Here’s how much sleep you need as you age, and 5 expert tips to help you get a better night’s rest

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It's a common myth that adults need less sleep as they get older, but older adults, like other adults, need seven to nine hours of sleep a night. Too much (or too little) sleep is linked to a variety of health problems, from diabetes and heart disease to depression. Lack of sleep in middle age can also increase the risk of dementia.
While getting enough rest is important, aging can make sleep elusive. Aging is associated with shorter sleep durations, more nighttime awakenings and earlier awakenings - and the changes start as early as your 20s.
"We used to think that sleep changes were an inexorable part of aging that would inevitably continue to decline throughout life," says Michael V. Vitiello PhD, professor of behavioral sciences at the University of Washington. "We've learned that the sleep changes we see as we age are actually much more complicated."
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Vitiello notes that while age-related changes in the brain and endocrine system appear to affect sleep and arousal, other changes in your health, including chronic pain, menopause, medications, and lifestyle changes associated with aging, can also affect sleep .
"If we look at older adults who are in excellent health, their sleep doesn't change significantly as they age," notes Junxin Li, a registered nurse and assistant professor at the Johns Hopkins School of Nursing. "The poor sleep we've seen in older adults is largely caused by chronic medical conditions and drugs used to treat those conditions."
Regardless of the reason for sleep changes, Vitiello believes, “To some extent [sleep changes] are part of the aging process, [but] getting older doesn't mean sleeping poorly; There is a lot you can do to improve your sleep as you age.”
Use these strategies to get a good night's sleep.
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Rule out insomnia
According to Li, insomnia, sleep apnea and other sleep disorders are more common in older adults. If changing your sleeping habits isn't helping you get a good night's sleep, make an appointment with your doctor to rule out sleep disturbances — and get treatment if needed.
Soak in the tub
A hot bath (or shower) helps lower body temperature, which stimulates the production of melatonin and makes it easier to drift off into dreamland. Research shows that bathing in water that is 40 to 43 degrees Celsius at least 90 minutes before bedtime has the greatest impact on sleep quality.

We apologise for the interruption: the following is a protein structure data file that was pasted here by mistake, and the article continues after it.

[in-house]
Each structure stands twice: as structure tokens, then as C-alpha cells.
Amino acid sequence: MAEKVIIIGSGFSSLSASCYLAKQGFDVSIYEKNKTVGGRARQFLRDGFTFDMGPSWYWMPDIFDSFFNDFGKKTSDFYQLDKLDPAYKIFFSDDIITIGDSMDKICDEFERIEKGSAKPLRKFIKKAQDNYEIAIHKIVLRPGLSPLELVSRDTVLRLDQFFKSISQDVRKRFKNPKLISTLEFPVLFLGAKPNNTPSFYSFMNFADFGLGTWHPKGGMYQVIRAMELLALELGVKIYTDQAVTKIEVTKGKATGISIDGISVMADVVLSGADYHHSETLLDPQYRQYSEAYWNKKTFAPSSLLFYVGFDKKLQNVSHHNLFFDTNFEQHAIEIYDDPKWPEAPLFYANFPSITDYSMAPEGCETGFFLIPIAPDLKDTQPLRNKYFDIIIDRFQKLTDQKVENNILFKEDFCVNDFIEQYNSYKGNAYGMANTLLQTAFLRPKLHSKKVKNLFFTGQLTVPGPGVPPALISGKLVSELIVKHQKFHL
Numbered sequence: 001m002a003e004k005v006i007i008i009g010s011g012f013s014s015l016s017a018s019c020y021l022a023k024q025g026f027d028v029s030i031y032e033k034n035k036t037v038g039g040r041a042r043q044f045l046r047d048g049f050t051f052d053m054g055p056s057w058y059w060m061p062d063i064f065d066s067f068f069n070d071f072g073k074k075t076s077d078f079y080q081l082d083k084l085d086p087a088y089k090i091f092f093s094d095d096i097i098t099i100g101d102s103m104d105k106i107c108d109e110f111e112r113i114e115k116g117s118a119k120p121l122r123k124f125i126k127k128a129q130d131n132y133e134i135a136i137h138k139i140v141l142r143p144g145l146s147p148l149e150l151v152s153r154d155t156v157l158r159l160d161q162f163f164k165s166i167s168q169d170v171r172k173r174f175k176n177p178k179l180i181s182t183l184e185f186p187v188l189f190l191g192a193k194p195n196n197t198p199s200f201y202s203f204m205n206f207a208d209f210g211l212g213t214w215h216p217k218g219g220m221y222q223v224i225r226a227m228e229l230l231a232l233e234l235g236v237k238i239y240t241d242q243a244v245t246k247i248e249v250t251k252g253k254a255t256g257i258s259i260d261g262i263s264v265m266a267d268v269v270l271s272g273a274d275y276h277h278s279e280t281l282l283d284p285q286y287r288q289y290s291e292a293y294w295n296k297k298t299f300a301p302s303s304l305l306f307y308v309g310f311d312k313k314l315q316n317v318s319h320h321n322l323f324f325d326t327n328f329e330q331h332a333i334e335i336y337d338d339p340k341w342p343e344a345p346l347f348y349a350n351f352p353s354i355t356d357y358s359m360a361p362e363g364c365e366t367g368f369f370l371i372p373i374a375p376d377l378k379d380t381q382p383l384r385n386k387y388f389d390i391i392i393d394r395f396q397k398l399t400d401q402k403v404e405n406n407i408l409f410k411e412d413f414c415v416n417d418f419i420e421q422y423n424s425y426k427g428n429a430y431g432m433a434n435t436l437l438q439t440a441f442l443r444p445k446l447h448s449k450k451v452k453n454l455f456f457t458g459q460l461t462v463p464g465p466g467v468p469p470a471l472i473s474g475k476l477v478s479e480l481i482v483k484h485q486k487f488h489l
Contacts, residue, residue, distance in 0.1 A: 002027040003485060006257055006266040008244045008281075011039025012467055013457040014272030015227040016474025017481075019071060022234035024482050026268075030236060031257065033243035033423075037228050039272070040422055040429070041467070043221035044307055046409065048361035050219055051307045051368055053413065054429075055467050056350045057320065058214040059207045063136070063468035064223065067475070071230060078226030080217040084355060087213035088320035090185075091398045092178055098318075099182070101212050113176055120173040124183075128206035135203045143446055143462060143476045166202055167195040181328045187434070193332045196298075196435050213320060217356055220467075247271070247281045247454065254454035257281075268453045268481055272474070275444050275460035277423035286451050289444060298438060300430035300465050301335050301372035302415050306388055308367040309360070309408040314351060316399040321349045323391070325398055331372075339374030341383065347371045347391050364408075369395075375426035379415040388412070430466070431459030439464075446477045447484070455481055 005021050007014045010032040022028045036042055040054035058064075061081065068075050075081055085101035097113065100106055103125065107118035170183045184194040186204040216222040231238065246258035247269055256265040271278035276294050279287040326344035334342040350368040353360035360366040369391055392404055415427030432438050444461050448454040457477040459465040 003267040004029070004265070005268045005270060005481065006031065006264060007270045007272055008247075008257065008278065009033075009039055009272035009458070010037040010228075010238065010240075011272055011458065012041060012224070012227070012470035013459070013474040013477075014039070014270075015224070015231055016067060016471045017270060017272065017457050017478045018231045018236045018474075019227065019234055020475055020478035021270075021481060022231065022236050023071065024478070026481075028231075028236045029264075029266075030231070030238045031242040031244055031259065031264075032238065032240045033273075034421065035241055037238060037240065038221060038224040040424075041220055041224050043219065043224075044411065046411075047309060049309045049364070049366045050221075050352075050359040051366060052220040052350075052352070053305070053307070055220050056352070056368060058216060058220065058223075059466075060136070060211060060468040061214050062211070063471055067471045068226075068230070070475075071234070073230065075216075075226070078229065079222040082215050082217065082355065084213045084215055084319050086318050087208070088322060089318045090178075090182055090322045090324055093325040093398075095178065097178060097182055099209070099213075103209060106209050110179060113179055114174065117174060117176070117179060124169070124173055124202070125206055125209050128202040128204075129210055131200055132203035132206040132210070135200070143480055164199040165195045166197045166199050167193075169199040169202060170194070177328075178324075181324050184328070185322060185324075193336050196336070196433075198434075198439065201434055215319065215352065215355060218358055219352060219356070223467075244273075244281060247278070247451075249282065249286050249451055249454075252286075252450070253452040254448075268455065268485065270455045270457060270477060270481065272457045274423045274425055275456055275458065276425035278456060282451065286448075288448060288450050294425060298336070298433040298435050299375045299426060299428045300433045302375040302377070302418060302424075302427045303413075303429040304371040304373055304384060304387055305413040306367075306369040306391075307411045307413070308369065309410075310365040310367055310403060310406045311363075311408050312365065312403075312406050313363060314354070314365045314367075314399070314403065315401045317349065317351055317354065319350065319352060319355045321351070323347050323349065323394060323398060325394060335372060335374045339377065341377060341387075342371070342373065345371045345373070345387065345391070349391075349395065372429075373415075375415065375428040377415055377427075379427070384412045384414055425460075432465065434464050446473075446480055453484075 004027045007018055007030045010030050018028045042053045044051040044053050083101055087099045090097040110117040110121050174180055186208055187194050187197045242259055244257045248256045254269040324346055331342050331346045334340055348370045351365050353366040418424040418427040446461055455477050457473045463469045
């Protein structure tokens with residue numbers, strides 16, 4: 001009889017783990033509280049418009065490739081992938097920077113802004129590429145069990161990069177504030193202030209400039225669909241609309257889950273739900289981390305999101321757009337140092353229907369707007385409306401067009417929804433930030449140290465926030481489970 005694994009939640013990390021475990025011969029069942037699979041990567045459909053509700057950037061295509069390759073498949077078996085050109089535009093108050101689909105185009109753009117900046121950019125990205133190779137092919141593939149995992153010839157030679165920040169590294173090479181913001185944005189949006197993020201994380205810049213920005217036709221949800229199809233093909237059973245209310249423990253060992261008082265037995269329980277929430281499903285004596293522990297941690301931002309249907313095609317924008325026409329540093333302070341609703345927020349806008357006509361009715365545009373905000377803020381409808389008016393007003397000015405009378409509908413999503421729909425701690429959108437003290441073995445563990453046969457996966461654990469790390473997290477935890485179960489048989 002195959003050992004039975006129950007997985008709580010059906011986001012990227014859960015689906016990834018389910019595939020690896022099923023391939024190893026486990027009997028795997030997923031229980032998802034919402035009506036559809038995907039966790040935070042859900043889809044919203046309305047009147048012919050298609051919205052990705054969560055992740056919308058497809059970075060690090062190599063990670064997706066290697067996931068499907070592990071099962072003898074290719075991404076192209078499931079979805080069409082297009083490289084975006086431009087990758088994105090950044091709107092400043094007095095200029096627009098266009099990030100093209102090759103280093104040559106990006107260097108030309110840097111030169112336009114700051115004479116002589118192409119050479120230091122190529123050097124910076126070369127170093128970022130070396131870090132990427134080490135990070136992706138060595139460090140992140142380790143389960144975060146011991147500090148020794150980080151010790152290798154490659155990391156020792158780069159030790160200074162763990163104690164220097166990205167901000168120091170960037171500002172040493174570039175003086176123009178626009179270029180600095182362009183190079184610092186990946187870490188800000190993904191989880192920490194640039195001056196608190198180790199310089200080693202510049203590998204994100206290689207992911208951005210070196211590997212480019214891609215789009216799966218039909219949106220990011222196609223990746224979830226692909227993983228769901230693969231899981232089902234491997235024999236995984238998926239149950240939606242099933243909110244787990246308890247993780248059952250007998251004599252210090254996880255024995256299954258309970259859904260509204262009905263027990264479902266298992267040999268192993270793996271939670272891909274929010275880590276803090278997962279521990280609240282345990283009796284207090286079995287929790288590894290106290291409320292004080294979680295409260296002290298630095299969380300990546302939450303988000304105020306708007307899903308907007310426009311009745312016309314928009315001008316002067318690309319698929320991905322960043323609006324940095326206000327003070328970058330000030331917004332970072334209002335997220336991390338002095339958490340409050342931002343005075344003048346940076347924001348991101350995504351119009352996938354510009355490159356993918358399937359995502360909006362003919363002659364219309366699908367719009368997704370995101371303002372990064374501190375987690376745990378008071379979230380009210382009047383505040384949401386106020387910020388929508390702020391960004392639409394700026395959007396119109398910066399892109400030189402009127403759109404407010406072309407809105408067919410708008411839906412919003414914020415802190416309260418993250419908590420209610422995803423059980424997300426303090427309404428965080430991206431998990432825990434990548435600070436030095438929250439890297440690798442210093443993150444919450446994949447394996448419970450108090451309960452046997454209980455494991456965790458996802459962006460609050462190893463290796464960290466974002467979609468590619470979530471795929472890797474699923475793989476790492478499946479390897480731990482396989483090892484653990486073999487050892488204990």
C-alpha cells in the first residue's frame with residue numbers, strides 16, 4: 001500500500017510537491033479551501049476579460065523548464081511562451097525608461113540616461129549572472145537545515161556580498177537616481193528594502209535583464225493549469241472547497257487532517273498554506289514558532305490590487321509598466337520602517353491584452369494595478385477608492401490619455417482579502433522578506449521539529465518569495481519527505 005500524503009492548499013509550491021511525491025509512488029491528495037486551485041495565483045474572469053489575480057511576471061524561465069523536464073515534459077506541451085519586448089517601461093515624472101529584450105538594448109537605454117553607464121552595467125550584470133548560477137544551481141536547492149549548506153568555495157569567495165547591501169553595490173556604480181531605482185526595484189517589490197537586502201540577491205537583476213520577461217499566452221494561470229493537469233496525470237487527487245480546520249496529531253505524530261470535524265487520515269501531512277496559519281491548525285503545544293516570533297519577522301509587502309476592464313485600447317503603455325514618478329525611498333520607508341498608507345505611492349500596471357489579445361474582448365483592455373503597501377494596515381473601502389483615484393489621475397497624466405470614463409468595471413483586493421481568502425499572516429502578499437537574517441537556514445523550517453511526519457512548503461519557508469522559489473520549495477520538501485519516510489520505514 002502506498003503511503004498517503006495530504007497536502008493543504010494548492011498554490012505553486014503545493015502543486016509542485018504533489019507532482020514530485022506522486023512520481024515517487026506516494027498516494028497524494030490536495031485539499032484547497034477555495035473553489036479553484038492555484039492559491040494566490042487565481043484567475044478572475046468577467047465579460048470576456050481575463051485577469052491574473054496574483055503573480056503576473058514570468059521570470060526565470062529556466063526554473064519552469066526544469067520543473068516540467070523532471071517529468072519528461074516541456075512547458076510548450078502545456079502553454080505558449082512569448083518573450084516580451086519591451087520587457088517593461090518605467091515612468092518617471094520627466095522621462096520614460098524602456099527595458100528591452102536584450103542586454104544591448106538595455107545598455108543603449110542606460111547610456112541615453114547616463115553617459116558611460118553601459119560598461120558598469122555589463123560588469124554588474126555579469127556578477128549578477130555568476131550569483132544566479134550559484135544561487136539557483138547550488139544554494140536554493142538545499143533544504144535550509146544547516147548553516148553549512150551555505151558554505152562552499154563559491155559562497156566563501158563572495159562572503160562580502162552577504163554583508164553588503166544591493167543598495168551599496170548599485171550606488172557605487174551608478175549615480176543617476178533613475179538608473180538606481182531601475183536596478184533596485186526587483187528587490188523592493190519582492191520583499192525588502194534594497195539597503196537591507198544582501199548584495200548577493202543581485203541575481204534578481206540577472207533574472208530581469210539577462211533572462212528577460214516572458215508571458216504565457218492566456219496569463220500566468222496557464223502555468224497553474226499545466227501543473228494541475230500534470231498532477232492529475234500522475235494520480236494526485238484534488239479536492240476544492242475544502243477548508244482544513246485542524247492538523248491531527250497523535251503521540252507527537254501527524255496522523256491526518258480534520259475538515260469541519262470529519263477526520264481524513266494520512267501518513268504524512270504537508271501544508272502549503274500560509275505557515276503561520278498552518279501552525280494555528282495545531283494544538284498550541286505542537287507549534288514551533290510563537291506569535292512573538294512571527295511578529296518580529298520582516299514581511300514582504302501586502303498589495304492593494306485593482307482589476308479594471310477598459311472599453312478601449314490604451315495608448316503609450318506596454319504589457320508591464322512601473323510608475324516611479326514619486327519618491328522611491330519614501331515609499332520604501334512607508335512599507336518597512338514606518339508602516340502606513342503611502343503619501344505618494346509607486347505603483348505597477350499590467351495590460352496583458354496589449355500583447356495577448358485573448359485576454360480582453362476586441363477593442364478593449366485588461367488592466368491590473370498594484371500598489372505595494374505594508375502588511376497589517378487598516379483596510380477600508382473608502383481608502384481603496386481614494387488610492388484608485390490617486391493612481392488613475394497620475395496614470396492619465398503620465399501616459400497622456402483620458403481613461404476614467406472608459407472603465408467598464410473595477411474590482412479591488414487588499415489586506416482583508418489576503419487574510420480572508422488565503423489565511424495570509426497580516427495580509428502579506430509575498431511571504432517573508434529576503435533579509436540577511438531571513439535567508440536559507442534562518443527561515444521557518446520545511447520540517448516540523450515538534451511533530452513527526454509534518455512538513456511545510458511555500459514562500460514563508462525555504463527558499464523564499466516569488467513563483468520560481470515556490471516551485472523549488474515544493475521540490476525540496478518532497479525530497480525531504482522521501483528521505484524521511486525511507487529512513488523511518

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Break a sweat
Whether you walk, run, bike, or swim, a 30-minute aerobic session can help you fall asleep faster and stay asleep longer. In older adults, moderate physical activity three times a week for at least 12 weeks had the greatest benefits for sleep.
"Physical activity offers multiple health benefits [and] sleep is just one of them," says Li. "Older adults need to maintain an active lifestyle to see the benefits to sleep."
Staged
A cool, dark environment with minimal noise is best for sleep. Establishing a routine is also important. Vitiello suggests going to bed and waking up around the same time each day to regulate your circadian rhythm and make sleep a habit.
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"It doesn't have to be the same schedule to the minute, but it should be within a half-hour window," he adds. "A variable bedtime with a window of three to four hours does not contribute to sleep quality."
Turn off the screens
Checking email, texting, and scrolling social media before bed can disrupt sleep. The blue light from electronic devices has been linked to poor sleep quality, difficulty staying asleep and daytime sleepiness. Try turning off your phone at least 30 minutes before bed to sleep longer and more restfully.
"Many older adults think poor sleep is a normal part of aging and don't bring it up when they visit their doctor, which can lead to undiagnosed and untreated sleep disorders," Li says to be aware of the importance of sleep health and seek professional help with their sleep disorders.”
This story was originally featured on Fortune.com
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